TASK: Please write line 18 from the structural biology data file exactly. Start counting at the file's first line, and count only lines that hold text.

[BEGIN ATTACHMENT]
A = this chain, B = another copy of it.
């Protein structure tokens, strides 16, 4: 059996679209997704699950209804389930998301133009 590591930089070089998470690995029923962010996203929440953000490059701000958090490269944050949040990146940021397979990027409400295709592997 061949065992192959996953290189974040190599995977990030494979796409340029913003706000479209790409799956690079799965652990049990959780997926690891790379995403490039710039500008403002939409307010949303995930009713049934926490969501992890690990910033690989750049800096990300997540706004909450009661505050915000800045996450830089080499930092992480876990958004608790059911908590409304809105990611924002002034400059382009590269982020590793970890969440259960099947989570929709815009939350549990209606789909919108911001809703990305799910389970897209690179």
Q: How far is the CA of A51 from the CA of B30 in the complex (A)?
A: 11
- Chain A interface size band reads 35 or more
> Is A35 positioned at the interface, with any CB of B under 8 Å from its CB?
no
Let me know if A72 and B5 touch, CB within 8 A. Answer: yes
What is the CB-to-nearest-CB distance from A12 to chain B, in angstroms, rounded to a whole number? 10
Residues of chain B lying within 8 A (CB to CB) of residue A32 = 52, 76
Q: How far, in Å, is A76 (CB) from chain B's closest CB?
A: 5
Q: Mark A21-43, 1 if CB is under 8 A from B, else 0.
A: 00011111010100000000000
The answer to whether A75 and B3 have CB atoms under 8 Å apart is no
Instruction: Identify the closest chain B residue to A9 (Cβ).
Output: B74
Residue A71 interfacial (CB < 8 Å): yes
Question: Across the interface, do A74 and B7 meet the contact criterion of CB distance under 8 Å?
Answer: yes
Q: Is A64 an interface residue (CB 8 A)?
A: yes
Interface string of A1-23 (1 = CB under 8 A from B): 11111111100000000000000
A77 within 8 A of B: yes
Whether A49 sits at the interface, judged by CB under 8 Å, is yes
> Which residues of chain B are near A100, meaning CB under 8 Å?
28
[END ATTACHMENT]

Residue A71 interfacial (CB < 8 Å): yes